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Old 10-10-2015, 06:15 PM   #9
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Name: John Michael
Trailer: Scamp 13
Madison, Wisconsin
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I towed a Scamp 16 nicely with a 4 cyl saturn vue and now tow a 13 with a 4 cyl outback. 40,000 miles later, including many mountain roads, I am pleased. However I would not be without trailer brakes.

John
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Old 10-10-2015, 08:59 PM   #10
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Name: Susan
Trailer: Casita 17' SD; Tow Vehicle 2015 Chevy Silverado 2500HD
North Carolina
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I have a 2012 3.6 Outback and a 17 ft Casita SD. I have not towed the Casita with my Outback yet due to concerns with braking and going downhill. Power wise I think it would be fine. I live in the NC/TN mountains so have to drive on mountain roads no matter which way I go. Do any of you have any experience/advice on towing the 17 ft as opposed to the 13 ft. I have an old truck that works fine for trips around here, but I probably will need to upgrade before taking an extended trip, especially like the mountains out west! Thanks for any input!
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Old 10-10-2015, 09:41 PM   #11
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Name: bob
Trailer: 1984 u-haul ct13; 1996 Casita 17 Spirit Deluxe; 1946 Modernistic teardrop
New York
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We have a 13 foot Uhaul that we towed with a Honda CRV. Then bought a Casita 17 that no way I would try to tow with the CRV so bought a 2012 Dodge Ram 1500 that tows the Casita real good. I prefer a tow vehicle that is maybe considered overkill rather than a marginal one. Makes for a much more comfortable ride.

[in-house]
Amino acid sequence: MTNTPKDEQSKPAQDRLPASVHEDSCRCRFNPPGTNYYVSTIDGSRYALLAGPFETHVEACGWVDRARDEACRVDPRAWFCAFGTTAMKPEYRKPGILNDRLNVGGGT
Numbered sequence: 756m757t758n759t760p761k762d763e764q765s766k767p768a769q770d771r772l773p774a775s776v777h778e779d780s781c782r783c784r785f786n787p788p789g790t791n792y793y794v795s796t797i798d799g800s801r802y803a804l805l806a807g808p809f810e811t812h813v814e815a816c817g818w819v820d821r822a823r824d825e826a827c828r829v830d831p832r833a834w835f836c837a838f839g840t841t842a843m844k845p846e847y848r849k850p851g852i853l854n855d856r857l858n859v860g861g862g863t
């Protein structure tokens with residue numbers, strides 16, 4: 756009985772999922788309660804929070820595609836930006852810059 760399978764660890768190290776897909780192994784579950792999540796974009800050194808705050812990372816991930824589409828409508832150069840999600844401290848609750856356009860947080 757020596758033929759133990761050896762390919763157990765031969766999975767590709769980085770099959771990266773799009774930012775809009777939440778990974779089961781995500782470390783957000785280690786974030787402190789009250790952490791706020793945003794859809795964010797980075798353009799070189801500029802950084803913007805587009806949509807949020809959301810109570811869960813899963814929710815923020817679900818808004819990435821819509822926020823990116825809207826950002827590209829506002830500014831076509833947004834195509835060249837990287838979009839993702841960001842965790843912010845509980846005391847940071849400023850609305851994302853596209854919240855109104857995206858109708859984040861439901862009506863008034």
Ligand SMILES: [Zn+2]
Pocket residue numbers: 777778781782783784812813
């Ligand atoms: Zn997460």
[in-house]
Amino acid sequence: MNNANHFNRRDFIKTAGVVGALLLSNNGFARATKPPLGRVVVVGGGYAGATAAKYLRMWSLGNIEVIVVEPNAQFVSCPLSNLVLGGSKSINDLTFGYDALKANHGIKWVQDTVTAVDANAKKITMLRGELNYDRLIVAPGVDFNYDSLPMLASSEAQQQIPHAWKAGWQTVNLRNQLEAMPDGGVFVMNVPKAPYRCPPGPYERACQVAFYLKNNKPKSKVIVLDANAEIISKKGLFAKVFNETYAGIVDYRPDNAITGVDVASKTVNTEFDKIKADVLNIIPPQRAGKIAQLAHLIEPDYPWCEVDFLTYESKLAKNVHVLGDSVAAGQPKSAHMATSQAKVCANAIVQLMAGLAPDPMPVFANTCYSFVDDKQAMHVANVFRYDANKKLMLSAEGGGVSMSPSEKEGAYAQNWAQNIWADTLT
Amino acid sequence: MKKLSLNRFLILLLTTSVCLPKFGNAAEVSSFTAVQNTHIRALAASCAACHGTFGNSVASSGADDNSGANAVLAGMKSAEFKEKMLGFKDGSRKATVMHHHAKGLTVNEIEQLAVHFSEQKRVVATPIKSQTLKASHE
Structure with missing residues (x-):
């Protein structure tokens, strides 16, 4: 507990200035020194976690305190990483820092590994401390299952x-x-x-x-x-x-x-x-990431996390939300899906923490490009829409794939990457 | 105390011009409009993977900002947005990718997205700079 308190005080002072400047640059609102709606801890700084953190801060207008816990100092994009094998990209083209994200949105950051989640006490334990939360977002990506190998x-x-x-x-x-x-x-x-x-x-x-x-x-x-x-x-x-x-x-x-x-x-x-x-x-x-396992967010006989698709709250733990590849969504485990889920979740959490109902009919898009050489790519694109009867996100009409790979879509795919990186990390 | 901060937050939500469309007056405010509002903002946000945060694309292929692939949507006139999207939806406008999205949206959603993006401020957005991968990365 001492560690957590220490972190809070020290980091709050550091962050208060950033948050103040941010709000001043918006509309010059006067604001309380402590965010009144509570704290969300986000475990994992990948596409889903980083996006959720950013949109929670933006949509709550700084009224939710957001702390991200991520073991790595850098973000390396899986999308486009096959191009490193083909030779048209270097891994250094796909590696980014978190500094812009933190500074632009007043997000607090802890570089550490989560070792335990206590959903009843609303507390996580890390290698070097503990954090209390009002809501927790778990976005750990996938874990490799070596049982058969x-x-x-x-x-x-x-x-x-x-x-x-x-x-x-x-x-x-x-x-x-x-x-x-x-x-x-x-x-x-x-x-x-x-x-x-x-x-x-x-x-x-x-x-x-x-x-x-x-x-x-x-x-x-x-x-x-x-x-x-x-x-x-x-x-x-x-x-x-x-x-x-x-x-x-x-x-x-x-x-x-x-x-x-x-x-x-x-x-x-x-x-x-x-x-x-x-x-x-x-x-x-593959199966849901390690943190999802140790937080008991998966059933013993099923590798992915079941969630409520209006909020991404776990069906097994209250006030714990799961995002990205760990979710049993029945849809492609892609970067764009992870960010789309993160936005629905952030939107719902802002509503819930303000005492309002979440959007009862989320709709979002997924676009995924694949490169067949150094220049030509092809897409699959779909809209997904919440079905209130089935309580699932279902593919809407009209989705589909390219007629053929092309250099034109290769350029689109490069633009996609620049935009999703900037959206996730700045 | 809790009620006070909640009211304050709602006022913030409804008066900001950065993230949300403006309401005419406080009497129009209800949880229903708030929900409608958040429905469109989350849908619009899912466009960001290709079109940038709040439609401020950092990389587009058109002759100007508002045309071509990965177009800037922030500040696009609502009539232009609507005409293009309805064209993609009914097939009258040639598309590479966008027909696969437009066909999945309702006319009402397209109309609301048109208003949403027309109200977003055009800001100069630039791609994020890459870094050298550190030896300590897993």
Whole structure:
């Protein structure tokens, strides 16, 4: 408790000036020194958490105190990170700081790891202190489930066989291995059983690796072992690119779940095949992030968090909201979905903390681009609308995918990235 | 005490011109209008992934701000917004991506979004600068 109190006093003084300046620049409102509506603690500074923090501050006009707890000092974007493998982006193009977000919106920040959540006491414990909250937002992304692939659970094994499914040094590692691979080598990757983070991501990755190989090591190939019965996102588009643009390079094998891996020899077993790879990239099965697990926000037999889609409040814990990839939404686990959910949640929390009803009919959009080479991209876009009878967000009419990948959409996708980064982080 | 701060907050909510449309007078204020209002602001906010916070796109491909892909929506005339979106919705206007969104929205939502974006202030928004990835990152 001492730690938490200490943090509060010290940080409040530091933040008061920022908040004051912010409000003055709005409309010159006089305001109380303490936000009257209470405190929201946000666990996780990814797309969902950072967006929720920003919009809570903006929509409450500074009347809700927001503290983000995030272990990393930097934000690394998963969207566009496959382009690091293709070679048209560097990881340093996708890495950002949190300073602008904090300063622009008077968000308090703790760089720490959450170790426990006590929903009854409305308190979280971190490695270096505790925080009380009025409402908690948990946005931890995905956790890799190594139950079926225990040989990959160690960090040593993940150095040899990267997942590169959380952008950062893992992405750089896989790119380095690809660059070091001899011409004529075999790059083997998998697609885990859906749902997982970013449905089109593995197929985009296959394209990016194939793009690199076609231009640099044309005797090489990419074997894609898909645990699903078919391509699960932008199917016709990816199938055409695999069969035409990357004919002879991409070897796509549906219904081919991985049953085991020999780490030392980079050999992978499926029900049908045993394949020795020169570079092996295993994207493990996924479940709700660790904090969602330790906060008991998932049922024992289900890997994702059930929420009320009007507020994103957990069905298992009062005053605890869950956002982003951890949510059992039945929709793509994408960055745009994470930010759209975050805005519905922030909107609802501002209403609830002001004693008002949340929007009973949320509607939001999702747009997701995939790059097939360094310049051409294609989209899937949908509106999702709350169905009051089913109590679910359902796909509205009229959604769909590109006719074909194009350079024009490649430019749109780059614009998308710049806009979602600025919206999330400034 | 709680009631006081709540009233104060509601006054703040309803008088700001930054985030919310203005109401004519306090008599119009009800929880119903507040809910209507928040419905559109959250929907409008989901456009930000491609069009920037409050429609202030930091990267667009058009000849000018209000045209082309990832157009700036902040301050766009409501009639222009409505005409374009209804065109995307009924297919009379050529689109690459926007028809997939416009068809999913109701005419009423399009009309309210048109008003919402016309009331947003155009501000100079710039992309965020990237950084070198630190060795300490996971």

Edit, the Ram is really nice for towing the Uhaul as at close to 1500 lb it has no brakes
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Old 10-11-2015, 12:22 AM   #12
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Name: Carol
Trailer: 22' Airstream Formerly 16' Scamp
British Columbia
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Do any of you have any experience/advice on towing the 17 ft as opposed to the 13 ft. I have an old truck that works fine for trips around here, but I probably will need to upgrade before taking an extended trip, especially like the mountains out west! Thanks for any input!
Susan I pulled a 16' Scamp with my Outback lightly loaded no water came in at 2500lbs (including 240lbs on the tongue). Had no problems with braking. Had to do a few quick stops in unforeseen situations on steep hills at fast mph's and it stopped it well, but although I had good working brakes on the trailers (put new ones on it shortly after I got it) & a good controller I did go through brakes faster on the Outback than I have on any previous autos.